def test_fetch(self):
        maker = CachedMaker()
        def make(kind, shape, size):
            return "made {0}-{1}-{2}".format(kind, shape, size)
        made = maker.fetch("ship", 5, 7, make)
        assert made == "made ship-5-7"

Still feeling my way, but the idea is that maker.fetch takes the desired keys and a function to call to create the thing. Let’s see if I can make this work.

    def test_fetch(self):
        maker = CachedMaker()
        make_count = 0

        def make(kind, shape, size):
            nonlocal make_count
            make_count += 1
            return "made {0}-{1}-{2}".format(kind, shape, size)

        made = maker.fetch("ship", 5, 7, make)
        assert made == "made ship-5-7"
        assert make_count == 1
        made = maker.fetch("ship", 5, 7, make)
        assert made == "made ship-5-7"
        assert make_count == 1

Here I provide a make method that just makes a string. The subsequent code expects make_count to increase on the first fetch and not on the second. And:

    def fetch(self, kind, shape, size, action):
        key = self.key(kind, shape, size)
        cached = self.cache.get(key)
        if cached:
            return cached
        new_one = action(kind, shape, size)
        self.cache[key] = new_one
        return new_one

The test is green. CachedMaker works. Commit: CachedMaker.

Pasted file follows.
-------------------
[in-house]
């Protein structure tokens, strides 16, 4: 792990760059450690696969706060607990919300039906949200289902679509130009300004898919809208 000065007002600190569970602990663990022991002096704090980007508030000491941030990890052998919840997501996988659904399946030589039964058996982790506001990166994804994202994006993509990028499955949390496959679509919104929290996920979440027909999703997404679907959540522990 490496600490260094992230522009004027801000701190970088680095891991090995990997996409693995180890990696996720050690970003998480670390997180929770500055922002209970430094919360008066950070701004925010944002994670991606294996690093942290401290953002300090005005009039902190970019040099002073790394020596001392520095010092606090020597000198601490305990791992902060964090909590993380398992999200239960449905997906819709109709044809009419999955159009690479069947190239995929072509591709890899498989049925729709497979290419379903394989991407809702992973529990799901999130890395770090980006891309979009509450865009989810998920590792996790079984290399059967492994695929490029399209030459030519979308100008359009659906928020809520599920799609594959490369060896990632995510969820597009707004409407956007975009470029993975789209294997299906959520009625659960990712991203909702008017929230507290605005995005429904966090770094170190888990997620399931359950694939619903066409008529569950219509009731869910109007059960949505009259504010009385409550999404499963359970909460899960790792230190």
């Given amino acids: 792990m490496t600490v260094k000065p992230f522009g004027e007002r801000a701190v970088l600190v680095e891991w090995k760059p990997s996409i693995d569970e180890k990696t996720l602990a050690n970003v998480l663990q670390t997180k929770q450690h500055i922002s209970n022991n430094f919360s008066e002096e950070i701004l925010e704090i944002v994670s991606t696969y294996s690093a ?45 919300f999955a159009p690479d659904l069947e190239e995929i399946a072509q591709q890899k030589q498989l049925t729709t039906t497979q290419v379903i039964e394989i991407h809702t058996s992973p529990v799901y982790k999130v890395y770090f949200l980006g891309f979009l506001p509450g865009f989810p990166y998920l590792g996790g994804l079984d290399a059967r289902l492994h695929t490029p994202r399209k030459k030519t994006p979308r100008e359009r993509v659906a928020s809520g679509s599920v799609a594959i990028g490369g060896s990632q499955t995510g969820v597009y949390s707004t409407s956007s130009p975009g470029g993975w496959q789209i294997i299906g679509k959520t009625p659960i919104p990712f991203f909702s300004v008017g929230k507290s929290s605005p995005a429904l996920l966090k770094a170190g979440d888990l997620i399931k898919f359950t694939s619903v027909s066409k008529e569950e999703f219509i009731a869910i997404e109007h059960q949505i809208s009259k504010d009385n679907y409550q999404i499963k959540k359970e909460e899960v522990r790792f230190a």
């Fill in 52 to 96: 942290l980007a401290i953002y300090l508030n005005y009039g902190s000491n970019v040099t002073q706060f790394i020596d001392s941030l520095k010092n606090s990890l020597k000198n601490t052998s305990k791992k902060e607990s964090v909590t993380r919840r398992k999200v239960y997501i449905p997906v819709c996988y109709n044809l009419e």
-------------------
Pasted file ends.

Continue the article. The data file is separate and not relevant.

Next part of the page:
I need a break. Let’s reflect and decide what to do next, possibly including stopping: I’ve been at it for about two hours, a break is quite logical.


I didn’t have the caching idea in mind when I started this article, and it is a bit fancy, but as we can see from the code above, it’s pretty simple, so I don’t think I’ll be drummed out of the corps for it. We’ll see. Right now, all the programmers in the office approve.

I think I was wise to move to TDD to implement the idea, and I think I was also wise to break out the general caching / creation logic from the specific surface-making logic. I should be able to create a caching surface maker by using the CachedMaker object, passing it the right creation functions to call.

I was perhaps unwise to let CachedMaker know how to create the key. More likely it should be provided the key and the function to call and not know how to create the key.

Before moving forward, if I decide that was in fact unwise — and I’m sure it was — I should change CachedMaker via its tests and then move on to the surface making.

And CachedMaker is presently right in the same file as its tests. That’s not altogether bad, given the size of this program. I’ll ask my pals about it, see what they think.

I think it’s time for an extended break. I’ll wrap this, since we’re on a handy commit, and come back for another article later.

See you then!

Added while musing, before resting
I thought of this formulation for the fetch. I think I like it:
    def fetch(self, kind, shape, size, action):
        key = self.key(kind, shape, size)
            return self.cache[key]
        except KeyError:
            new_one = action(kind, shape, size)
            self.cache[key] = new_one
            return new_one

I suppose we might argue that it’s a bit costly, but it’s quite clear. I’ll consider further and ask my pals.

See you soon!